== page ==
But that was then and this is now—the mid-90s to be exact. The Telemachus family has fallen far after their act was debunked by the Astounding Archibald, a renowned stage magician and skeptic. Not long after that in 1974, Maureen also passed away, leaving young Irene to take care of Teddy and her brothers. Now Irene is in her 30s, flat broke and raising her teenage son by herself. She is left with no choice but to move back into the house of her father, a septuagenarian still up to his grifting ways. Frankie has also gotten entangled with the local mafia, owing them a fortune after every one of his get-rich-quick schemes have failed to pan out. And Buddy…poor Buddy appears to have lost his mind, refusing to utter a word to anyone. Instead, he spends his days in Teddy’s house, starting one DIY project after another with seemingly no plans to complete any of them. However, Buddy knows something big is coming, and he does have a plan—one that may involve Irene’s son Matty, who has just discovered that he may have inherited his grandmother’s powers of astral projection.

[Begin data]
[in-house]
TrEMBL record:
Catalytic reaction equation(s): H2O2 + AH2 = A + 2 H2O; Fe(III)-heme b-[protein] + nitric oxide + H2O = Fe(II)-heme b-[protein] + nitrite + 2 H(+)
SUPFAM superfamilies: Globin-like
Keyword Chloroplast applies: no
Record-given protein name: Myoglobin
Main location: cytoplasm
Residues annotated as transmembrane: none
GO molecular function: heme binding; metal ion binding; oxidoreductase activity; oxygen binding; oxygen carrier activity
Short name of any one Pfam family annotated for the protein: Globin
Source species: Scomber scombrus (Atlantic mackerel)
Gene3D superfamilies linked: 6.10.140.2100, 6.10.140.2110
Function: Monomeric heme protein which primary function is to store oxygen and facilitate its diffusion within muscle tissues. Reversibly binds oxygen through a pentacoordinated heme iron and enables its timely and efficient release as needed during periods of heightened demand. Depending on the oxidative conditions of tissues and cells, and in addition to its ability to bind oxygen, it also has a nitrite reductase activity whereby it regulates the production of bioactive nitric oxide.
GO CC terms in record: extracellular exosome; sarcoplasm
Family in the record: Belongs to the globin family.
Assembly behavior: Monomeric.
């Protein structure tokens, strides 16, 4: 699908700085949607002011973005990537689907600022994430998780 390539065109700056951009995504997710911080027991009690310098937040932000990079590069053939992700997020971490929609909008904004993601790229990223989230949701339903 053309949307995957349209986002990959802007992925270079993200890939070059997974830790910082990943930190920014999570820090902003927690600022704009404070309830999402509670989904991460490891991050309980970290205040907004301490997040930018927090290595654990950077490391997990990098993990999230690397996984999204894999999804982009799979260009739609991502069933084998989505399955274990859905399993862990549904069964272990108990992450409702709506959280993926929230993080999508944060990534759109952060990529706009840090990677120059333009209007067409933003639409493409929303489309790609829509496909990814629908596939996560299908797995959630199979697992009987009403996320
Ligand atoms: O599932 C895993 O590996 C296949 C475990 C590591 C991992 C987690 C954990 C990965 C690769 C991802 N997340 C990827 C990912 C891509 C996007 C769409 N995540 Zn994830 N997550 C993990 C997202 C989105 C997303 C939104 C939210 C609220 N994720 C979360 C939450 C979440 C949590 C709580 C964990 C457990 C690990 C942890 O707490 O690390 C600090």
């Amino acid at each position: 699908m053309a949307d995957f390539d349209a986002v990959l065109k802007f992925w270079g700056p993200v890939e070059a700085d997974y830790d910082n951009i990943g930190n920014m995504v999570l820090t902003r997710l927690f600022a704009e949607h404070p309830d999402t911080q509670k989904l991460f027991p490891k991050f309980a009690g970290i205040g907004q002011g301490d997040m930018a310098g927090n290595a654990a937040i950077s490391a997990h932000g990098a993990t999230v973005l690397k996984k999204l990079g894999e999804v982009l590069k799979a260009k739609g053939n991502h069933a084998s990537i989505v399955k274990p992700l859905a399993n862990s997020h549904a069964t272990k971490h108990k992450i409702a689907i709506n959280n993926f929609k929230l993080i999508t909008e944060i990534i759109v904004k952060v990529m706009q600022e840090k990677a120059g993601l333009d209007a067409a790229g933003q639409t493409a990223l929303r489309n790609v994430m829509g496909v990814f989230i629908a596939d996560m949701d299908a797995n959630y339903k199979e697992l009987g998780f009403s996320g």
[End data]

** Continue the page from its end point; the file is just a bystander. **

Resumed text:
With such a huge cast of characters spread across three generations, I was extremely impressed with how Gregory was able to keep this book organized and tightly paced. Each Telemachus had their own story arc, including past history and current conflicts, but most amazing to me was how the author managed to tie these separate plot threads back to each other, allowing all of it to culminate into an elegant and well-reasoned finale. As a voracious reader, I have to say I encounter books with ambitious ideas and big, bold premises all the time, but rarely have I seen such deft and clever handling of so many moving parts in a story. This could have easily devolved into an ugly mess, but in fact the results were the complete opposite, so my hat is definitely off to Mr. Gregory.